Beautiful fermented kimchi. It’s a spicy Korean staple known for its probiotic properties and rich nutritional value. One serving of kimchi provides a person with over half of the recommended vitamin C per day, as well as vitamin A, carotene, vitamin B1, iron, calcium and dietary fibre. It’s a nutritional knockout that is so easy to incorporate into your meals!

I began with a small recipe in order to adjust any ingredients for taste. It tasted perfect, so feel free to double or triple the recipe!

It was difficult for me to find the traditional Korean salted shrimp, so I subbed fish sauce and miso paste instead. If you do find the salted shrimp, just remove the miso paste and add 1 tablespoon of the shrimp paste.


  • 1 large head napa cabbage, cut lengthwise into quarters
  • 1 small daikon radish/lo bok, sliced into matchstick pieces
  • 8 scallions, roughly chopped
  • kosher salt
  • 8 cloves garlic
  • 1 knob ginger, peeled
  • 1/2 cup Korean chili powder (kochukaru)
  • 1 tablespoon miso paste
  • 1/4 cup fish sauce
  • 1 tablespoon sugar


  1. Roughly clean the cabbage and remove any bad leaves. Cut lengthwise down the middle and again to make quarters.
  2. Spread kosher salt evenly on and in between the leaves, and begin to massage into the leaves. Cover with plastic wrap or a dishcloth and set aside for at least 8 hours or overnight, until the leaves begin to soften and wilt.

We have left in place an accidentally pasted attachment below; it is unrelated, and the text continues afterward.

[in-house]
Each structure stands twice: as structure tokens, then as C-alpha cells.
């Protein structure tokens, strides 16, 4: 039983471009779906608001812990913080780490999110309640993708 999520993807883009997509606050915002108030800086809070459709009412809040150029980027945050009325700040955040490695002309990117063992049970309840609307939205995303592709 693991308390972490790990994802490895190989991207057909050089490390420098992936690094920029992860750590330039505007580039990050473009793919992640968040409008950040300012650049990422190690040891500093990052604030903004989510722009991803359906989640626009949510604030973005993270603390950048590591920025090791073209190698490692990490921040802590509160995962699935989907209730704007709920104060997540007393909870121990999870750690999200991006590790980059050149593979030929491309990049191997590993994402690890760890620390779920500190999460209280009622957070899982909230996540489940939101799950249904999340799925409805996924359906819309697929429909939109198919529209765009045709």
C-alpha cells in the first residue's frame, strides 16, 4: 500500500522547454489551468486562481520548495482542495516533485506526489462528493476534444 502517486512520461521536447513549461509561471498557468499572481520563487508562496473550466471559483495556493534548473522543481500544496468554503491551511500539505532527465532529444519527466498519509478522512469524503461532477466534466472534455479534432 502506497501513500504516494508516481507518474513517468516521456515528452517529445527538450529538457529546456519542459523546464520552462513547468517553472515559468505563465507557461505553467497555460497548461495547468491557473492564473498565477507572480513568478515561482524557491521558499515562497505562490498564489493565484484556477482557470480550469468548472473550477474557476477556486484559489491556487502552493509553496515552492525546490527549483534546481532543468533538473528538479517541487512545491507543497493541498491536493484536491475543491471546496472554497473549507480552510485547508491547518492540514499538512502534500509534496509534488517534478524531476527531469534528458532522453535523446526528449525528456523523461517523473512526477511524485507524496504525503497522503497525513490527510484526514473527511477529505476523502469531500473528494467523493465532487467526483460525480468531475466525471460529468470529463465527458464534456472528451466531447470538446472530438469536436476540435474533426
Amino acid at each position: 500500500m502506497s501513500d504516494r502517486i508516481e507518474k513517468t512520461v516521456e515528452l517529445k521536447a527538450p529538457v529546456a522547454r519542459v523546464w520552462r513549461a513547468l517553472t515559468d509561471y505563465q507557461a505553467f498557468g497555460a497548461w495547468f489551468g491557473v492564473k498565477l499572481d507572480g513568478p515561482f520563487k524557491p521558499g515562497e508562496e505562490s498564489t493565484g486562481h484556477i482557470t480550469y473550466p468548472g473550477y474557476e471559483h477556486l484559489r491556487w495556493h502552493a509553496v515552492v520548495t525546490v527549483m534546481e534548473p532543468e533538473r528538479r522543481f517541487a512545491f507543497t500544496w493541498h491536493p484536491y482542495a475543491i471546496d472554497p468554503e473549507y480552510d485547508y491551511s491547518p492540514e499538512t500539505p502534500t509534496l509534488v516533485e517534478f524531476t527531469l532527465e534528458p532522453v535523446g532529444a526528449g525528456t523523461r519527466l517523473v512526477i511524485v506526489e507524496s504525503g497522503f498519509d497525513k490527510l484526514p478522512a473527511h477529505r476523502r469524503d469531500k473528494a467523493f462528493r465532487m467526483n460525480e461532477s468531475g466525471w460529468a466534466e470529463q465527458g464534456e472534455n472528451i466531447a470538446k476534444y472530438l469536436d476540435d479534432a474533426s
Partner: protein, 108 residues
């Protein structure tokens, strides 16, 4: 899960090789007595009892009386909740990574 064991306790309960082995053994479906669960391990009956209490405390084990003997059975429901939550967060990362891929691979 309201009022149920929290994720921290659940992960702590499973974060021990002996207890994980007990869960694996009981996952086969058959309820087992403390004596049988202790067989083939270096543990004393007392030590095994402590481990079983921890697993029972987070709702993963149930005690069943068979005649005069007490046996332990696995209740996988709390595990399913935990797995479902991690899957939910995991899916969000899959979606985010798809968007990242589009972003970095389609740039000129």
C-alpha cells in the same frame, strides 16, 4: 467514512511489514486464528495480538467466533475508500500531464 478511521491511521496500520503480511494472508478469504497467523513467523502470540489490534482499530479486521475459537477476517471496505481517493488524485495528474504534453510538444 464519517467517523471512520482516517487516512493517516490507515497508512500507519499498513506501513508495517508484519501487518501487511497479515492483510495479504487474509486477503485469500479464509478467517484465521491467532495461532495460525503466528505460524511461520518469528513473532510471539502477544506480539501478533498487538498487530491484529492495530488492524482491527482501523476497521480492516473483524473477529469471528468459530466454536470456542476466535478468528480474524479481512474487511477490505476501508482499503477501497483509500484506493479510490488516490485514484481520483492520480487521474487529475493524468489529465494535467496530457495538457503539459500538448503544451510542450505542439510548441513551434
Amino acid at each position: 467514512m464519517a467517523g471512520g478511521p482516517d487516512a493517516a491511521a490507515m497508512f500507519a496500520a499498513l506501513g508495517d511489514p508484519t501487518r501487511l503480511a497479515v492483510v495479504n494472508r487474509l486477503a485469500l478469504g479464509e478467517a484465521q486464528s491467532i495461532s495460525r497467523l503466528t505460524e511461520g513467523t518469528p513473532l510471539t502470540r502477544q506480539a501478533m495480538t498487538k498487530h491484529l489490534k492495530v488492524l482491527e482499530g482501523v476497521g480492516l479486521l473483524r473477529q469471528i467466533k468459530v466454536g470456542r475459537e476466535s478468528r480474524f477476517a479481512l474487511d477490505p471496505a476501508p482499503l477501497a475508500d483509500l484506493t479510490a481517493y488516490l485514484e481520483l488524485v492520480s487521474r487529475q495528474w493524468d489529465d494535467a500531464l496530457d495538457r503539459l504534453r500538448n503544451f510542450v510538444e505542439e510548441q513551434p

3. Place a colander in the sink, drain the cabbage, and begin to rinse with cold water. Gently squeeze out the excess liquid and transfer to a medium sized bowl.
  4. Add the scallions and radish to the bowl with the cabbage.
  5. Combine garlic, ginger, chili powder, miso paste, fish sauce, and sugar into a food processor or blender. Process until a paste begins to form, about 30 seconds.
  6. Add the paste to the cabbage and mix until evenly coated.
  7. Transfer to clean, airtight jars and allow to rest at room temperature for 1 day. Open the jar to release the gas and then tightly seal the jar and keep in the fridge for at least 2 more days to ferment. It is best to consume after 7 days in the fridge.
Becky Bayda
Becky is completing her education towards Holistic Nutrition and is focusing her research on mental health and sports. She uses her blog to help share her vision and knowledge, which focuses on restoring balance and empowering people through wholesome living.